Can you remember what resolutions you made last January? Or for how long you kept them?
The trouble with resolutions is that they’re often made half-heartedly, in an annual acknowledgment of our inadequacies and a cursory attempt at self-improvement. Once the hazy days of the holiday season are over and we are faced with the realities of day-to-day life, even the most well-intentioned of us tend to succumb to temptations or old habits far quicker than we would hope.
Our optimistic resolutions soon turn into unrealistic pressures, and our vows to hit the gym every day, or to remove sugar from our diet, don’t seem very pleasant or plausible for long. Having recently read this refreshing article on practical ways ways to make and keep resolutions - perhaps we can turn the tide on ruined resolutions!
The reason why most people don’t manage to stick resolutely to their resolutions isn’t so much a question of intention or desire. People don’t want to set themselves up to fail, but that is what we ultimately often end up doing when we don’t set realistic goals. Although we may be taught that we should reach for the moon, overstretching tends to result in us falling flat on our face, rather than landing among the stars.
The start of a new year is a great opportunity to sweep away the cobwebs and draw back the curtains to start afresh. So, if you would actually like to keep a new year’s resolution, then make it an attainable one. Acknowledge your shortcomings and set yourself up for success in 2018 by giving yourself a goal that you can easily achieve.
If you want to improve your financial well-being, start by working some small steps into your routine. These can include buying less coffee; carrying a reusable water bottle, walking to places instead of driving or taking Ubers; and increasing your monthly savings or debt repayments by a feasible sum that you’ll barely notice (particularly if you automate the amount).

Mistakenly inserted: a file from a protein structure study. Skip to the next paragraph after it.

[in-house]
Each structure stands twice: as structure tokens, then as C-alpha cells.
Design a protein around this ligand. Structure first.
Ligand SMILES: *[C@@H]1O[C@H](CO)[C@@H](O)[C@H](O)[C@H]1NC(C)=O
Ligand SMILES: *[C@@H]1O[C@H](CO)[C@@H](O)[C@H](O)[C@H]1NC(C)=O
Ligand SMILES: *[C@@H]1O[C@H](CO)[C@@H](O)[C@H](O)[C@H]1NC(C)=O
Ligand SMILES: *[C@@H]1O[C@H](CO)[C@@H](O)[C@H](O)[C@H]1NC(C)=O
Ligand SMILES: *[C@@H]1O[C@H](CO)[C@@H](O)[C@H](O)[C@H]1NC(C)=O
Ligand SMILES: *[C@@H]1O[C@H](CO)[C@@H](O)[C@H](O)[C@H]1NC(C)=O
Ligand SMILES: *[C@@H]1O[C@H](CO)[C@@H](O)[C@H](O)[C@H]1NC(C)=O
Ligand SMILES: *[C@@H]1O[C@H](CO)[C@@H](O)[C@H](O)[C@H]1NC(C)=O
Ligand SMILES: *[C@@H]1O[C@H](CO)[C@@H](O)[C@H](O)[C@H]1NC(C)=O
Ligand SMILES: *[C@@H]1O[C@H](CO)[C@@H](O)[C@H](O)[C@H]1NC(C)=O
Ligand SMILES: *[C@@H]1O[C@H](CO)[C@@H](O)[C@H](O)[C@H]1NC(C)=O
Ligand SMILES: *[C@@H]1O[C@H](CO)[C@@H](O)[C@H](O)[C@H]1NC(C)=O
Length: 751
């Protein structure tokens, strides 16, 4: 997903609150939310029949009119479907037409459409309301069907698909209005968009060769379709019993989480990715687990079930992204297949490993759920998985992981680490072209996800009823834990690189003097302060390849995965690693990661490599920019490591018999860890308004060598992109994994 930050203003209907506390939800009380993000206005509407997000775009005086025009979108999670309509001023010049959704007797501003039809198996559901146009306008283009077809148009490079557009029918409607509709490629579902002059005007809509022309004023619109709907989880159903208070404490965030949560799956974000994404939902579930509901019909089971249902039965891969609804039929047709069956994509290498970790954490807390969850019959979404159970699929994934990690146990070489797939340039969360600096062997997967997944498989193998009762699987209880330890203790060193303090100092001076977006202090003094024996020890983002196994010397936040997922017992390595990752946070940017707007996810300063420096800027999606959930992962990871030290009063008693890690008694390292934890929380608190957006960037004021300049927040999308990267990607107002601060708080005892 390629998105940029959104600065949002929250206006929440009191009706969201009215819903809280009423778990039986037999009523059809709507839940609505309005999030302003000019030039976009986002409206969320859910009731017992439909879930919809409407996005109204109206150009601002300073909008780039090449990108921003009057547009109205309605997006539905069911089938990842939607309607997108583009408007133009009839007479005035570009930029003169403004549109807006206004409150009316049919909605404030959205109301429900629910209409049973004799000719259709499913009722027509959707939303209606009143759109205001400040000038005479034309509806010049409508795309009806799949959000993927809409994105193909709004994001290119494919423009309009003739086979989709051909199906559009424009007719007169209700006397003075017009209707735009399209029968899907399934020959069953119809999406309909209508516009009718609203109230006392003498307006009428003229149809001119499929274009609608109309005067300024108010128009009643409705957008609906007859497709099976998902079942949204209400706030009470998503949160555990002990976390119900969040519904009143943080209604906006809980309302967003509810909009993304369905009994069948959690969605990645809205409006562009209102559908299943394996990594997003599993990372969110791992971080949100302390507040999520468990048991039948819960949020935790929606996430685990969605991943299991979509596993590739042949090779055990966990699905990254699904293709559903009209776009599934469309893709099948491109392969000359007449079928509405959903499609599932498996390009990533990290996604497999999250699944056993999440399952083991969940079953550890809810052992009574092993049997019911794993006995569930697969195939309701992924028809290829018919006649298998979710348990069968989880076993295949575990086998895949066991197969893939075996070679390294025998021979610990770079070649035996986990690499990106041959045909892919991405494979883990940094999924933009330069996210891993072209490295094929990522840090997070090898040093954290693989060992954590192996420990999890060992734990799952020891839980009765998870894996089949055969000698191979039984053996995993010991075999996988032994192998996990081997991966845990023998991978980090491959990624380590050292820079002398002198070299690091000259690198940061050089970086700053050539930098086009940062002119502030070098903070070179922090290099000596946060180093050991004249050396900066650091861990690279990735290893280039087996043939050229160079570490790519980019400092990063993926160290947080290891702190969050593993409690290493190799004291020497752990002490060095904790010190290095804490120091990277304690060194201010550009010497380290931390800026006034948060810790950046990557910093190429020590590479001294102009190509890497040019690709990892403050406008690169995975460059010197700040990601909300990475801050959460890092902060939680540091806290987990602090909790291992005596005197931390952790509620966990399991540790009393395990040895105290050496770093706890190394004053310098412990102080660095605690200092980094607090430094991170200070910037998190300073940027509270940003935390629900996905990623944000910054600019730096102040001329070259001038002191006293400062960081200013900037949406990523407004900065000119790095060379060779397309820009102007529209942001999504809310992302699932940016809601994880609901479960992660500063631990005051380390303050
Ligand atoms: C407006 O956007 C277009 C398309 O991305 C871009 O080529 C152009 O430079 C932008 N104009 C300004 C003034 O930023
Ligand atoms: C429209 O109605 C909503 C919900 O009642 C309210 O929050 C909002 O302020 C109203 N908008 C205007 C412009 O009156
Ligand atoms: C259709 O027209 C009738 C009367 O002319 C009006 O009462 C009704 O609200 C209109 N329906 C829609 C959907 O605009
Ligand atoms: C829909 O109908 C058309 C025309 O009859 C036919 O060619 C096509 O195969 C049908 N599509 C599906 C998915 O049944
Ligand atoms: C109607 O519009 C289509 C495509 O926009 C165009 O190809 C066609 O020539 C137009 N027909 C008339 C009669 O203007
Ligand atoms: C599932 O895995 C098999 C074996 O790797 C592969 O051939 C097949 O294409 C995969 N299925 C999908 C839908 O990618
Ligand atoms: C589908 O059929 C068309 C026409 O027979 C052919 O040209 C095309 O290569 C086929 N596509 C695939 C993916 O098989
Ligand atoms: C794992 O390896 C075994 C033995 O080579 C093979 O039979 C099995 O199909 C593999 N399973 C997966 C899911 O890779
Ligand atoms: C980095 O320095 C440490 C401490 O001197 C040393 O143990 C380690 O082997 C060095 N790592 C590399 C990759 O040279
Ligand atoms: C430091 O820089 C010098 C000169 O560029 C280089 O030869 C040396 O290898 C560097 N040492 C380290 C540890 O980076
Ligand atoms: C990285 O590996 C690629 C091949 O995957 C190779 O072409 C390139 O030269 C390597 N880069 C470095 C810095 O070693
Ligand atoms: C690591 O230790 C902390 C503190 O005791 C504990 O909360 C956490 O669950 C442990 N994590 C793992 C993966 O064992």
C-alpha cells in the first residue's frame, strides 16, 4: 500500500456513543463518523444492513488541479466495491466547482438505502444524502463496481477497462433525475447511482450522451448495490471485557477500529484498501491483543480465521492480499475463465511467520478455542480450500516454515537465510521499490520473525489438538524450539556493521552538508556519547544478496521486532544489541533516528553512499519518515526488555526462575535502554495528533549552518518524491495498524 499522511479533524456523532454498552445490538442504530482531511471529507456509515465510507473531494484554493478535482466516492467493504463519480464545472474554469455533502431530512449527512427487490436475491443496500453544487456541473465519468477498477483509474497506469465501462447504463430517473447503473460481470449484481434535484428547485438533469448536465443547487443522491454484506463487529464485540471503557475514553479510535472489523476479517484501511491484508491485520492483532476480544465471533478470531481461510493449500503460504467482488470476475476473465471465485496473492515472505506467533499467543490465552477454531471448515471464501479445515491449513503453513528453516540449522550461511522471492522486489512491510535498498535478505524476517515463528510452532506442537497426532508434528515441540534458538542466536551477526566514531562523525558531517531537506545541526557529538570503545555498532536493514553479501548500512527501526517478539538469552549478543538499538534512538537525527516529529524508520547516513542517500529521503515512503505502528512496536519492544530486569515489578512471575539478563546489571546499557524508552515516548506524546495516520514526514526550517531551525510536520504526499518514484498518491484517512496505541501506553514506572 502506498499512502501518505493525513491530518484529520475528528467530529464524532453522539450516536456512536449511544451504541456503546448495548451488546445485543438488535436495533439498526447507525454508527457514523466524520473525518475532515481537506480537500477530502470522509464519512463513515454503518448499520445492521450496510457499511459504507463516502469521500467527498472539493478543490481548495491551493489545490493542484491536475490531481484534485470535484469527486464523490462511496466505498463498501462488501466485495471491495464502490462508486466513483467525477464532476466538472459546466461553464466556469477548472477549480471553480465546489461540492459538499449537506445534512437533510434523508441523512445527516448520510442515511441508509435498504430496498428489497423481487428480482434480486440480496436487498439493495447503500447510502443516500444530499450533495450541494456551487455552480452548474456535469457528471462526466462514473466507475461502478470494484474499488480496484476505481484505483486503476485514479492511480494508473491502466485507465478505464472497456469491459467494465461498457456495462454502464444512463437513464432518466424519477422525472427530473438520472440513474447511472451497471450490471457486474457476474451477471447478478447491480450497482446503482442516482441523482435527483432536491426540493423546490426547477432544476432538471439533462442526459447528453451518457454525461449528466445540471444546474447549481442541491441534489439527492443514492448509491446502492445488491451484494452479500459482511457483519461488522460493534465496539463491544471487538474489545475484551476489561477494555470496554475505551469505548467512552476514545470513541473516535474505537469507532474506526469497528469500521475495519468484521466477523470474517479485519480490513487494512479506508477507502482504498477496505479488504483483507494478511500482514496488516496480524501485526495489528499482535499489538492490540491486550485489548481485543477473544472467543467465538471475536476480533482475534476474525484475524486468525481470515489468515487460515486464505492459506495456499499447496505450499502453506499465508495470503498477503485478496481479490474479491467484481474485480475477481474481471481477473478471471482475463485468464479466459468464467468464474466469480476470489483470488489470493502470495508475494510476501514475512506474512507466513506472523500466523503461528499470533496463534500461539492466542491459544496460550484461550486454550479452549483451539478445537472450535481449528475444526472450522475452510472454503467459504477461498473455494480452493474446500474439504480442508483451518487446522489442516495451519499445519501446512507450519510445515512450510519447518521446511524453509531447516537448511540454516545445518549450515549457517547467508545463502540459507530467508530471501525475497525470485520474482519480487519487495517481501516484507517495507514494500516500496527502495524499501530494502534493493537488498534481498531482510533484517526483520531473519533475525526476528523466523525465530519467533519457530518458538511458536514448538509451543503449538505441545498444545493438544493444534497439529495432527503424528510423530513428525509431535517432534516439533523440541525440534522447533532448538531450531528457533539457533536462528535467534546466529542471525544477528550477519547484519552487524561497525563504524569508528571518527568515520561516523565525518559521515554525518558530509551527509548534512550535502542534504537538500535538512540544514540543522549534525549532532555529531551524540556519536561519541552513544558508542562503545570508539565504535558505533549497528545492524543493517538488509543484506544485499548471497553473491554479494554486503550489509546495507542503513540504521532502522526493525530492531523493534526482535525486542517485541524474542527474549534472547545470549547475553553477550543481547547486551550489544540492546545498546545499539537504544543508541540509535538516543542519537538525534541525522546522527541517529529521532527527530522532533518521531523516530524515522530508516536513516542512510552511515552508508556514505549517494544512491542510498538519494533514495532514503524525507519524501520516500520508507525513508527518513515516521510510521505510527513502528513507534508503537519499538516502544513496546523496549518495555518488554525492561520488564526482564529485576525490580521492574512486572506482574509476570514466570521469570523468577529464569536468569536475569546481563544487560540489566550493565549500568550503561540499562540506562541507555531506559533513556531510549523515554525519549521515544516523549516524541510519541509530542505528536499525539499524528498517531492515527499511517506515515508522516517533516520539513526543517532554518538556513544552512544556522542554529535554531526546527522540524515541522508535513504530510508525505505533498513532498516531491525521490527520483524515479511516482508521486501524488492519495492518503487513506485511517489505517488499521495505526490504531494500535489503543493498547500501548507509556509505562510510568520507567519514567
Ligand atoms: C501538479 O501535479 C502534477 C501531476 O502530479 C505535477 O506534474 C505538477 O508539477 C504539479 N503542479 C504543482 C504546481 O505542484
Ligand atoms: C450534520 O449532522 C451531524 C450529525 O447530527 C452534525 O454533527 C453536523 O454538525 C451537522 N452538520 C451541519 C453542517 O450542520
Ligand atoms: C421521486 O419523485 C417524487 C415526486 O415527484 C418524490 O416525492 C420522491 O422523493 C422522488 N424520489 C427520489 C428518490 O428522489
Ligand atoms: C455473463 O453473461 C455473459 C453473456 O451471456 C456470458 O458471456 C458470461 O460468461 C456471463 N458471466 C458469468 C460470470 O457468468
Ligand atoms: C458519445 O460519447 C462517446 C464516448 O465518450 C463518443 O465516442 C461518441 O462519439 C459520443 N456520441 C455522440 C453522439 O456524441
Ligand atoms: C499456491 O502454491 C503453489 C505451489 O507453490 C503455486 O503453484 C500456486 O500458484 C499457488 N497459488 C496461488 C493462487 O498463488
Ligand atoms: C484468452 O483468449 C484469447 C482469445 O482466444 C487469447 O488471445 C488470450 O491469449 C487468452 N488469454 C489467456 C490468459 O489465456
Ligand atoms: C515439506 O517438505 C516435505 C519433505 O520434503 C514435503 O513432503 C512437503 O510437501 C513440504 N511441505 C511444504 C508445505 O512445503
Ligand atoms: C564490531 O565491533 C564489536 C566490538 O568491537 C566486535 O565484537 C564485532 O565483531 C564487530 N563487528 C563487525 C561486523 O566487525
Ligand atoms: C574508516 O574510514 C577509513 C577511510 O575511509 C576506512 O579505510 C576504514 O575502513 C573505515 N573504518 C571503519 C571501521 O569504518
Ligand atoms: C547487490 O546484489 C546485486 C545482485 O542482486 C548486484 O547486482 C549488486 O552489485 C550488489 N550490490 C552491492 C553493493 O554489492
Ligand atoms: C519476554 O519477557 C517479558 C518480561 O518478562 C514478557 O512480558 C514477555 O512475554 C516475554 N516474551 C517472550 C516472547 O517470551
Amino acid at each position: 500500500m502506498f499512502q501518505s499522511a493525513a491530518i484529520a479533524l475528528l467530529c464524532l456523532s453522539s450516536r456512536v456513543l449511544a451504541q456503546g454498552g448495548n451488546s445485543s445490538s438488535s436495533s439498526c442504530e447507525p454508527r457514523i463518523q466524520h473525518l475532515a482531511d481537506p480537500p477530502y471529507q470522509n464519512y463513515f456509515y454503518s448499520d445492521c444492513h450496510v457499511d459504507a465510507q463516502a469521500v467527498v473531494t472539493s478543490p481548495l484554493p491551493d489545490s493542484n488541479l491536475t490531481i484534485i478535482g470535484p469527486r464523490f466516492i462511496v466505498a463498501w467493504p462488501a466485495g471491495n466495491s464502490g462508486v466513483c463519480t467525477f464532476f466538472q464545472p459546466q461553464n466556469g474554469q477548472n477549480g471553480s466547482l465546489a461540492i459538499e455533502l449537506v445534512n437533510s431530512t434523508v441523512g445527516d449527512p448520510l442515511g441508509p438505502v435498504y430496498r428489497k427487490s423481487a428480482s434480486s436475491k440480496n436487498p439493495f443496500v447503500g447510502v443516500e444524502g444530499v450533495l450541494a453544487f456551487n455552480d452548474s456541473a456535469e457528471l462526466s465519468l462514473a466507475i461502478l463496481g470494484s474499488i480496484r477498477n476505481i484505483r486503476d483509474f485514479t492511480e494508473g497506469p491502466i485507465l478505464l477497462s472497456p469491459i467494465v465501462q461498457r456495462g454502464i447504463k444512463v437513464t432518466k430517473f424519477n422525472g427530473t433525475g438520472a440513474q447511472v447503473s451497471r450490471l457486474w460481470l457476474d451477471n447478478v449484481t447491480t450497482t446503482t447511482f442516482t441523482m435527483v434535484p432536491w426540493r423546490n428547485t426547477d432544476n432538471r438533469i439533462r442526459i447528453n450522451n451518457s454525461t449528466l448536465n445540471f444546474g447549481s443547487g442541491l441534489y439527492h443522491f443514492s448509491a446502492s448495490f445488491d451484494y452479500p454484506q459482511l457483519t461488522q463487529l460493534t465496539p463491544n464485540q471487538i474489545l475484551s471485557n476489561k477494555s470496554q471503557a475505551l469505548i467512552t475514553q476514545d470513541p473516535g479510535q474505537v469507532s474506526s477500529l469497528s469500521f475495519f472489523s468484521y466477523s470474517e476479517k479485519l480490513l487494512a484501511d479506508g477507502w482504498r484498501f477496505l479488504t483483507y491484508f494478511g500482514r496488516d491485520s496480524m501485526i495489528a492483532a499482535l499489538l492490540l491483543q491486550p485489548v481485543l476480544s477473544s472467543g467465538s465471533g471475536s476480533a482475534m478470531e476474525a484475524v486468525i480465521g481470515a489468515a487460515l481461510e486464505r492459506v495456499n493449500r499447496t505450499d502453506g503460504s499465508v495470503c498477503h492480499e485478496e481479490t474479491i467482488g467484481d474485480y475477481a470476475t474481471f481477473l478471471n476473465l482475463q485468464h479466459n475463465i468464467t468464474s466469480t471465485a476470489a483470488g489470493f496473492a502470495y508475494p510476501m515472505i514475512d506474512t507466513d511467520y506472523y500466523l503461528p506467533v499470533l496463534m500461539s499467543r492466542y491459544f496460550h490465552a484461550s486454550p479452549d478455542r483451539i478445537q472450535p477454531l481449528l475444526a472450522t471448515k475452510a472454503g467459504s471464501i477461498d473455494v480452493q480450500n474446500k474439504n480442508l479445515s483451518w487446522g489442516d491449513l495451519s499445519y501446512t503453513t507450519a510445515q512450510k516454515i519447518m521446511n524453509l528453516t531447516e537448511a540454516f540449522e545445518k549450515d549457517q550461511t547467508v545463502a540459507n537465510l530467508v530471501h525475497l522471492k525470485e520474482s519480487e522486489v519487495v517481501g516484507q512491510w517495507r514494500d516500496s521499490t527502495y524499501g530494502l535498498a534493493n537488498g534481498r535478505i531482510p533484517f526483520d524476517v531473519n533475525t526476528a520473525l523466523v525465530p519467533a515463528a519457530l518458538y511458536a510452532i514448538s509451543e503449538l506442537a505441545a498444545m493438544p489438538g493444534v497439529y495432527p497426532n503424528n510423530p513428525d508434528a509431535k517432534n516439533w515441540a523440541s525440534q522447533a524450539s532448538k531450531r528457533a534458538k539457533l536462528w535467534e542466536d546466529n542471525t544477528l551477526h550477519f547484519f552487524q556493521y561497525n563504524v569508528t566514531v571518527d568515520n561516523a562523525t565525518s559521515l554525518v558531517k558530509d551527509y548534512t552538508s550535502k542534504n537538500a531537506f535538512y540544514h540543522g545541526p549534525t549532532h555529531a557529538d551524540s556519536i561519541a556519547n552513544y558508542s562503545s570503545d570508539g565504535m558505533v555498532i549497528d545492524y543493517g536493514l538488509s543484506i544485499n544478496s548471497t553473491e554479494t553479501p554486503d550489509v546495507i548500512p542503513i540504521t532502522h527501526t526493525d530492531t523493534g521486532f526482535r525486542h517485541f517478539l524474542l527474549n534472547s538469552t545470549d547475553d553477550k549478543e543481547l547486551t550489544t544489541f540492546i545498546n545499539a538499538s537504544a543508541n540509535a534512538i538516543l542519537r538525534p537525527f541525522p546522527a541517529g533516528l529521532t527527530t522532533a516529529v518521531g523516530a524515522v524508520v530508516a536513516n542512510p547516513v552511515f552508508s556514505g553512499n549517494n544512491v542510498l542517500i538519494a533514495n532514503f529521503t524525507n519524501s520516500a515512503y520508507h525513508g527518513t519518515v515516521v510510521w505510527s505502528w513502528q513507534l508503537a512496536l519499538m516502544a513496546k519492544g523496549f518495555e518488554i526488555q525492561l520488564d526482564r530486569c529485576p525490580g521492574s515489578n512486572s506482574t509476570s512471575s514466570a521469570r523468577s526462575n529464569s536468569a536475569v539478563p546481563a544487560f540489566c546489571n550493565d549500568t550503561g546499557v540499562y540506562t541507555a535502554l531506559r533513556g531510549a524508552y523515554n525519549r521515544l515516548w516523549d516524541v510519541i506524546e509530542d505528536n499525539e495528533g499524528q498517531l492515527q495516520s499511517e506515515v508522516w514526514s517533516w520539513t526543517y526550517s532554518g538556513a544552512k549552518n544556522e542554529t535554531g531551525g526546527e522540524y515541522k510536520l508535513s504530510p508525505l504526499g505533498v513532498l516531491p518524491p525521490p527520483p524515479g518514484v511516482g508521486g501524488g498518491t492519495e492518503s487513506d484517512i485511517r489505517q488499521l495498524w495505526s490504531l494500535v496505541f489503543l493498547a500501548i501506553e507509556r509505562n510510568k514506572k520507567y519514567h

Write a list of things that you would like to accomplish and a simple way in which each can be done. For example, if you wish to contribute R3,600 more per year to your retirement fund, then you may be able to achieve this by foregoing one monthly meal in a restaurant or halving your weekly cappuccino consumption.
Then sleep on it and choose one or two resolutions, rather than trying to attempt everything on the list. Furthermore, give yourself a manageable timeframe — such as three months, instead of 365 days — and commit to following through for that specific amount of time. Once you succeed, you can then decide to commit to another short period. Additionally, set yourself quantifiable targets instead of vague goals that involve actions like ‘cutting down’ or ‘buying less’. For example, if you currently buy five coffees a week, decide to buy only two a week and make the rest at home.
Attaining a financial goal in 2018 doesn’t have to be stressful if you set yourself fun-size resolutions and break the year up into bite-size pieces. The important thing is to work on improving an aspect of your life for the sake of your future. And what better month to start than January?